I’m halfway through my last shift at the Hotel Janus, thinking about a good year to retire, when the nursing home calls about Pearl. “If you want to see her,” the nurse on the other end of the phone says, “now would be a good time.”
“You all right?” Darryl asks when I hang up. He leans forward to better study my face. Darryl’s one of the other night concierges at the hotel. He started working here a little after me. He’s eyeballing retirement sometime late next year. If we get to next year. These days you never know.
We’ve worked together too long for Darryl not to know something’s up. His face darkens. “It’s Pearl, isn’t it?”
A nod is all I manage.
“Go,” Darryl says. “I’ll cover for you.”
“It’s your daughter, Leon.” Darryl sweeps his hand past the concierge desk, gesturing at all the hotel guests criss-crossing the brightly lit lobby. “This place doesn’t matter. You’re retiring tonight anyway.”
I start toward the revolving doors when Darryl asks the question everyone’s asked me since the calendar flipped over to my retirement year—the question I still don’t have an answer for. “You picked a year yet?”
A dozen numbers bounce around my head, none of them imbued with a particular aura of significance. I belt out the first string of digits that flows easily off the tongue, “Maybe 1959.”
“1959?” Judging by his expression, the year tastes sour in Darryl’s mouth.
I shrug. “As good a year as any, right? I’ll probably be dead by the late ’70s or ’80s. Doesn’t seem too bad. Maybe you can join me next year.”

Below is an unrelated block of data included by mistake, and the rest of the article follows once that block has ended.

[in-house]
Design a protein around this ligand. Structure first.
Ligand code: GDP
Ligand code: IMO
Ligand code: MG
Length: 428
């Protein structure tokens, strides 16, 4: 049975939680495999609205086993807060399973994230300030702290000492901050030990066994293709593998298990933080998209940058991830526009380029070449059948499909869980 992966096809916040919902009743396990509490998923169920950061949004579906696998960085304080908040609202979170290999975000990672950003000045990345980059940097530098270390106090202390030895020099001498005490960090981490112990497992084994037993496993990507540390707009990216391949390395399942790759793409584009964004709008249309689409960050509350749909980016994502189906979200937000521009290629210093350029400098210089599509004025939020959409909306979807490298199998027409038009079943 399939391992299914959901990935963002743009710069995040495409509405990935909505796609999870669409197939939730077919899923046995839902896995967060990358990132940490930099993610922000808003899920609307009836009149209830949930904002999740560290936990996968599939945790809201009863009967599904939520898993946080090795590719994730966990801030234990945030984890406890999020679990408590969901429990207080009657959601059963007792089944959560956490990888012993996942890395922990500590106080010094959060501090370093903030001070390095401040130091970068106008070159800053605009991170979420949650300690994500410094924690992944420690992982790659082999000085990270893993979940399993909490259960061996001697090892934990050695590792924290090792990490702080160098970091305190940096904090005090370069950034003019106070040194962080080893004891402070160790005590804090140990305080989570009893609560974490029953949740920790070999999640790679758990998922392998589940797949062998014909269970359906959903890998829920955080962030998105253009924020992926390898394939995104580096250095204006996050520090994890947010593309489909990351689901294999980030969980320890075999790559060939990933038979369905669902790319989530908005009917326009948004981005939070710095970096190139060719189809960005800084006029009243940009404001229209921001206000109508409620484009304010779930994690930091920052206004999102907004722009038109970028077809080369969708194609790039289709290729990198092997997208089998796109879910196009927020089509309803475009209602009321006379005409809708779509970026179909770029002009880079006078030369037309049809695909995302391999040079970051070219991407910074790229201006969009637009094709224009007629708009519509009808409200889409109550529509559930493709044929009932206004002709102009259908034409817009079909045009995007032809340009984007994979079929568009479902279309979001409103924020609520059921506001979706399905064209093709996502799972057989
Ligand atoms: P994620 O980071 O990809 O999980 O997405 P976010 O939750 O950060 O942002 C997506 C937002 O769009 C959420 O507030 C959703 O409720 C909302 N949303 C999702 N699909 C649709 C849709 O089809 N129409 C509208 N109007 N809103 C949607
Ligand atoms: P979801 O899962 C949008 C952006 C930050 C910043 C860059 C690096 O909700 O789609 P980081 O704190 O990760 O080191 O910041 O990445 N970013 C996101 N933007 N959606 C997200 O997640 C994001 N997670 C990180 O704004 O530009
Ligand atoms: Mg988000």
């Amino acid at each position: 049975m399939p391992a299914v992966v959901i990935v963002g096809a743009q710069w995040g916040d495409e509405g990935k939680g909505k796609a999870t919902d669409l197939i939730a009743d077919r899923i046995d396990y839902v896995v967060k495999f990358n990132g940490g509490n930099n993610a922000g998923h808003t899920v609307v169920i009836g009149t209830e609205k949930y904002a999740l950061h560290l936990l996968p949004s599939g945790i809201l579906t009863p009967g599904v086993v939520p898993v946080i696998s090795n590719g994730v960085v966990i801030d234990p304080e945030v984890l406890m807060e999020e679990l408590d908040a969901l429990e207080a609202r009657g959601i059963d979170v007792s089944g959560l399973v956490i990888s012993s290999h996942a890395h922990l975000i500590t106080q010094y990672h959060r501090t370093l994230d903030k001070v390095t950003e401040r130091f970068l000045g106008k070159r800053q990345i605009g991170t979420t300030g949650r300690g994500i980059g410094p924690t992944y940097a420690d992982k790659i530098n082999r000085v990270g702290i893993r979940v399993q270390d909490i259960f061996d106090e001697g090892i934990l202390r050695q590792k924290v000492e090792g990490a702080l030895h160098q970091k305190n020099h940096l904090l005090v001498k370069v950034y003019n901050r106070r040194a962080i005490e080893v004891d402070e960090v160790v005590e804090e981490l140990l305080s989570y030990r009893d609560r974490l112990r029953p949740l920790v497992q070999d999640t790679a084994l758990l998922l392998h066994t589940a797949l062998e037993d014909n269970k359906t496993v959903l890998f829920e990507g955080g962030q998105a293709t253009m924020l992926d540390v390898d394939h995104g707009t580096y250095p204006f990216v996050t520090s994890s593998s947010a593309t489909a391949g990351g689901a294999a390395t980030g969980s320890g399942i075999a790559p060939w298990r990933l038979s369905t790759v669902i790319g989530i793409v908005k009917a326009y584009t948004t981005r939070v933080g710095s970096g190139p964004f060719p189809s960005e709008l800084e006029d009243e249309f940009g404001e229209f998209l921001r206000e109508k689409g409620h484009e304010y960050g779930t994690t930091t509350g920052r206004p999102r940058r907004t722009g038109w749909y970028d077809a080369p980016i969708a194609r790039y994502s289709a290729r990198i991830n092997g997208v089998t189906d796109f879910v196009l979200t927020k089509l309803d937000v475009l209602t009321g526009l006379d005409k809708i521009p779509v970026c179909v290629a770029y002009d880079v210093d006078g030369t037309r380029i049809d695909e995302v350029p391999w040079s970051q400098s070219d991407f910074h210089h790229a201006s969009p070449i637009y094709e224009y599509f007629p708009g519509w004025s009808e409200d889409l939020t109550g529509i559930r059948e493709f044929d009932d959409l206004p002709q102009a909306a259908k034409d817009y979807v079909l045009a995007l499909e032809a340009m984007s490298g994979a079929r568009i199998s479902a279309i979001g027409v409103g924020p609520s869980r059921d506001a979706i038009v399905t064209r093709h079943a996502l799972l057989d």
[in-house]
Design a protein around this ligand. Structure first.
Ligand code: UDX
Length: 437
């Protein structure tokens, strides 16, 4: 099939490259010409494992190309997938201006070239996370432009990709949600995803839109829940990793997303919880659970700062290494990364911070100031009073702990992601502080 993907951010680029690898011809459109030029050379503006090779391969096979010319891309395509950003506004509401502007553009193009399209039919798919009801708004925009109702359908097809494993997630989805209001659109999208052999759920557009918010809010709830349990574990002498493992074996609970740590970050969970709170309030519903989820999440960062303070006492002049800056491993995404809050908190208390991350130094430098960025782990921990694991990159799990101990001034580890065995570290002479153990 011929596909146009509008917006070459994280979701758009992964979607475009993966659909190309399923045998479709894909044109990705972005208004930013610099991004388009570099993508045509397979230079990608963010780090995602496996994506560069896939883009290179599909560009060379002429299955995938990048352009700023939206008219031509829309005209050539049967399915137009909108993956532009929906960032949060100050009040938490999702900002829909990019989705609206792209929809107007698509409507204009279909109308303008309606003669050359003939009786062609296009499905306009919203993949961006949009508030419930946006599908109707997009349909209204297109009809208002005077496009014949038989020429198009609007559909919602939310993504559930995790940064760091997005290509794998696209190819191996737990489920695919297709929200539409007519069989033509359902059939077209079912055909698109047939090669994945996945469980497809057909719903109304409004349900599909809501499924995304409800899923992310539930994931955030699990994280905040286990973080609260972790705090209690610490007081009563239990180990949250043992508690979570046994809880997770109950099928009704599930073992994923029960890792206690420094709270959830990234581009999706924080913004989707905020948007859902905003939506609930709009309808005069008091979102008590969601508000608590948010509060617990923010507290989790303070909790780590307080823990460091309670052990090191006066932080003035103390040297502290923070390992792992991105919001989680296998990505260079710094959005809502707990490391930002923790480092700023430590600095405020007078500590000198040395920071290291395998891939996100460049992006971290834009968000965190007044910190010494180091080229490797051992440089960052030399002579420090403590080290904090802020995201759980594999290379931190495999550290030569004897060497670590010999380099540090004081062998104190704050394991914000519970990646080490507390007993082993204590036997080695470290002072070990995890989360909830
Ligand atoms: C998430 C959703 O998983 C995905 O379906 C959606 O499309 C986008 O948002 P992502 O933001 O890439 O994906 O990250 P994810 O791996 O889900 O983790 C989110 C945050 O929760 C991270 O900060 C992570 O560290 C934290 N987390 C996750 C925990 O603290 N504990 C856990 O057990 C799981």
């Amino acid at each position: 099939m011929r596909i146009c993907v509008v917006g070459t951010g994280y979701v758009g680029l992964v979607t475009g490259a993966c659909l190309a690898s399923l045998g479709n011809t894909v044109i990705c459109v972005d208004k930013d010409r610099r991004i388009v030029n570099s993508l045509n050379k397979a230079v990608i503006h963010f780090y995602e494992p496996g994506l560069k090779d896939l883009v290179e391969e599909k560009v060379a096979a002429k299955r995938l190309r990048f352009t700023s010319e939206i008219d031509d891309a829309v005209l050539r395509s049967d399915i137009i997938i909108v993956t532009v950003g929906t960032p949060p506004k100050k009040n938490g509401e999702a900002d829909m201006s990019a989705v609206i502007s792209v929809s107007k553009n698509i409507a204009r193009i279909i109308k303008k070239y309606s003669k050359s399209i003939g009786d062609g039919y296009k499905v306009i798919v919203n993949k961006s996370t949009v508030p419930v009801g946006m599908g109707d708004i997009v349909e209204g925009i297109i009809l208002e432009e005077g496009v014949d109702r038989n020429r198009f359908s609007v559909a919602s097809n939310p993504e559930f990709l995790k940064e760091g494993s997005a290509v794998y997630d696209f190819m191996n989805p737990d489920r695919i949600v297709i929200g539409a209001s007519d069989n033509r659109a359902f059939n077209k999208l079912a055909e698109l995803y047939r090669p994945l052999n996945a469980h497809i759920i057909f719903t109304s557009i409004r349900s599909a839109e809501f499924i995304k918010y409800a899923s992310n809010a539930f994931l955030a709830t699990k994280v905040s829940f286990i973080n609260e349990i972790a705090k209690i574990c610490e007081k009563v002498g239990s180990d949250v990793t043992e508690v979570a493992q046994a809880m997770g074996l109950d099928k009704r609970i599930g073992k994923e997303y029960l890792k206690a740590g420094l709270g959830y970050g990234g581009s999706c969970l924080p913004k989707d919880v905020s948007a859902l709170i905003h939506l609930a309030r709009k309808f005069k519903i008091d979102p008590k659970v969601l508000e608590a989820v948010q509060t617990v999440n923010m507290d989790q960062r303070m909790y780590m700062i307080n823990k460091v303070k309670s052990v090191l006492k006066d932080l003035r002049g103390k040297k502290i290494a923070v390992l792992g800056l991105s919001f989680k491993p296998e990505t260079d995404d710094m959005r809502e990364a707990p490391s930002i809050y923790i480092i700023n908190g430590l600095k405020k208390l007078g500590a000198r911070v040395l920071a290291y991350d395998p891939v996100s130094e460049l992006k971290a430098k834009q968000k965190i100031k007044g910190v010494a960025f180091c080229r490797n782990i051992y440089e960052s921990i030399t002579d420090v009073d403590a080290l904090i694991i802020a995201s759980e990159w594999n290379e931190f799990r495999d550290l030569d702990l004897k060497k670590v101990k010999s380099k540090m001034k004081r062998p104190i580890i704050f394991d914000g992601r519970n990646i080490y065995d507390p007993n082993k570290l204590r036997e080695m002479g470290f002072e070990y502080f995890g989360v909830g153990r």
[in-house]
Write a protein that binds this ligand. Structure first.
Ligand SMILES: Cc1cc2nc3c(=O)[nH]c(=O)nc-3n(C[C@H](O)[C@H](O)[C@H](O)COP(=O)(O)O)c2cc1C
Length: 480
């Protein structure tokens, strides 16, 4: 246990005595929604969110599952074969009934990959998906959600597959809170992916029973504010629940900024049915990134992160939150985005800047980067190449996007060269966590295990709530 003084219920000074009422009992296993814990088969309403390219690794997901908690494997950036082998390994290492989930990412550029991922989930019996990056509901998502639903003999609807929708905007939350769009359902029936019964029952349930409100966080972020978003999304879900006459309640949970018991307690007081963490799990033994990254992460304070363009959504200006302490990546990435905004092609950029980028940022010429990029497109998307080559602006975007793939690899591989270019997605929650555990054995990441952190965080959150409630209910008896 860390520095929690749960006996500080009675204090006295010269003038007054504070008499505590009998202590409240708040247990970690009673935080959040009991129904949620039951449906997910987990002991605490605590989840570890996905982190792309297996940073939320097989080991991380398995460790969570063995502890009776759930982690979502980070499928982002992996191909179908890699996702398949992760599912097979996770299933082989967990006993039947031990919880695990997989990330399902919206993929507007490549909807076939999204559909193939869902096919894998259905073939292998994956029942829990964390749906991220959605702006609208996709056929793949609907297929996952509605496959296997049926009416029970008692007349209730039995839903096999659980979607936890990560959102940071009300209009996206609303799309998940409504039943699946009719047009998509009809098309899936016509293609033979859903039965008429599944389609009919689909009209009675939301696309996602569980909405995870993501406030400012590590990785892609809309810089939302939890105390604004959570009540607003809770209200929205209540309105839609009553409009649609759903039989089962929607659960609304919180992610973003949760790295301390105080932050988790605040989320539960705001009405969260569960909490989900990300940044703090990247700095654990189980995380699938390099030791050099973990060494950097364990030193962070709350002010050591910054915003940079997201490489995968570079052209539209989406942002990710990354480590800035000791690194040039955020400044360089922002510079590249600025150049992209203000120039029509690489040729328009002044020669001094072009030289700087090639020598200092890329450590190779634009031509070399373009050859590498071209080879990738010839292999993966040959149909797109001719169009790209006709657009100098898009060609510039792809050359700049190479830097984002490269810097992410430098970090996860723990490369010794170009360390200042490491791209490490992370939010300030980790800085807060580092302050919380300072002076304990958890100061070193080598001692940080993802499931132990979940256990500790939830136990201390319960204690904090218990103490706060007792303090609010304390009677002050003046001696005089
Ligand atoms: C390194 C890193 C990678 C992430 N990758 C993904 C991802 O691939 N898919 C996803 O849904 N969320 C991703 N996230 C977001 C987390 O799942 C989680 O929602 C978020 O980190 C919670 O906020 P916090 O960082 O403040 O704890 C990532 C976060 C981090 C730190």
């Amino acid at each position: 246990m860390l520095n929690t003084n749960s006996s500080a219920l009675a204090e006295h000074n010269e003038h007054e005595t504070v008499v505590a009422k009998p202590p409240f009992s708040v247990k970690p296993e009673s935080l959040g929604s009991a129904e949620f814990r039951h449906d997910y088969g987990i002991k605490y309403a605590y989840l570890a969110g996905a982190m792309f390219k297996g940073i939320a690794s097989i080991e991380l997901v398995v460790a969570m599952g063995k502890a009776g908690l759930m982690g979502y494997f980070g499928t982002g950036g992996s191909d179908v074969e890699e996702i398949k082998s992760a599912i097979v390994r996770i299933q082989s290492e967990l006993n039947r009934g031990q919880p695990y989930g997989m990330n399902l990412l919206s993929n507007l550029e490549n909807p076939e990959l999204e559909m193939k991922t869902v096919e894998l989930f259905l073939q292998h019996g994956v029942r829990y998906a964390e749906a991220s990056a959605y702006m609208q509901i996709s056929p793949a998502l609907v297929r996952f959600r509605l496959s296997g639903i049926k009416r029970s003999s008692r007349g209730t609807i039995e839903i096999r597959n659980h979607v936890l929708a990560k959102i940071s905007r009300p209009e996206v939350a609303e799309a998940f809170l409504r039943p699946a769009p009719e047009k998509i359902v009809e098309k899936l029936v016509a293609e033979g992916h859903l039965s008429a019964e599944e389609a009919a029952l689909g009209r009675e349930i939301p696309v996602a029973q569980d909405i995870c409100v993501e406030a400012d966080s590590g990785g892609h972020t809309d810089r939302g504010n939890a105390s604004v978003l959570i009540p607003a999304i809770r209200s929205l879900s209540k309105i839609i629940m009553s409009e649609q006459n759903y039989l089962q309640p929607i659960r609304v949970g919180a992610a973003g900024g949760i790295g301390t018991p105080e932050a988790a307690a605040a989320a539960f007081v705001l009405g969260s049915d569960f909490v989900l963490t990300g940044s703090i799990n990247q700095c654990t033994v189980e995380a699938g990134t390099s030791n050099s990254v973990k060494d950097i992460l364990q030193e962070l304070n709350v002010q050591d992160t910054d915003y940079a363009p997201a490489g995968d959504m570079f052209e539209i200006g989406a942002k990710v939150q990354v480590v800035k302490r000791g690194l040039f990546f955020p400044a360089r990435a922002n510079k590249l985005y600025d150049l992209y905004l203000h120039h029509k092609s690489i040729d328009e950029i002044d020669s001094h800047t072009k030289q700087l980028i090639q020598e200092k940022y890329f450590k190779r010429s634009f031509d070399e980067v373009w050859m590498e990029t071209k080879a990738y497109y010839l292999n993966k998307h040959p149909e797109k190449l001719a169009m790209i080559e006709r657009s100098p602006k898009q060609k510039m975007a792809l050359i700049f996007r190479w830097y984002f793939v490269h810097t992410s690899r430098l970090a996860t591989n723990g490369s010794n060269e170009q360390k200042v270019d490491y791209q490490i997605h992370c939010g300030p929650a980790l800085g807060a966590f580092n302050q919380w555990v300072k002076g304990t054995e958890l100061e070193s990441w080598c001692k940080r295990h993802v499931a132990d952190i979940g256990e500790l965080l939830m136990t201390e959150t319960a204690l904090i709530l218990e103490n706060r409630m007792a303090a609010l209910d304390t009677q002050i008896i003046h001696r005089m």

Darryl shakes his head. “A Black guy in ’59? Think I’ll sit that one out.”
Truth is, I’ve never considered retiring to 1959. Then again, if you look at it a certain way, it doesn’t sound too bad. A guy like me—early 50s—I’d be dead way before Florida and New York City drown. Darryl’s got a point, though. There’s not much for a white guy to consider when it comes to retiring. Any year I end up choosing, I’ll make out all right. The problem is I have to choose by the end of my shift, and I still don’t have a clue where to go.
Tamara used to make all the important decisions for me. It made things easy. She’s the one who chose to move our family to Wichita when it became clear that Brooklyn was going to sink. Now here I am, walking the streets of America’s last great metropolis.
Another decision Tamara made, one I wasn’t so keen on, was taking our daughter to a different century. Sure, they only went back to 1992, but that’s a hell of a lot farther than I can reach.
Tamara took an early out from her job at the Climate Disaster Protection Agency and 1992’s all they offered her.
“I think I’m going to take it,” she told me one Friday when I stopped by to pick up Pearl for the weekend.
“Take the money, sure,” I said. “But you don’t have to take the year. I mean, ’92? You’ll still be around when shit starts getting bad.”
“Yeah, but not real bad. I could take Pearl. Give her a better life before she can remember any of this.”
“You’re just going to drop this on me?” I said, bouncing Pearl up and down in the crook of my arm. She giggled and pawed at my chin.
“Is there any better time?” Tamara kept her eyes locked on the carpet.
“A few more years, I can retire and pick any year I want. You guys are still on my insurance, so we can go together. We can take Pearl to the 1920s if we feel like it.”
“The ’20s? Seriously?”
“You know what I mean.” I sank into the sofa—a sofa that used to be ours but belonged to Tamara now—and sat Pearl on my knee. She squealed and clapped while I watched Tamara from across the room. “I’m not asking to get back together,” I said. “I just want you to wait. For Pearl’s sake.”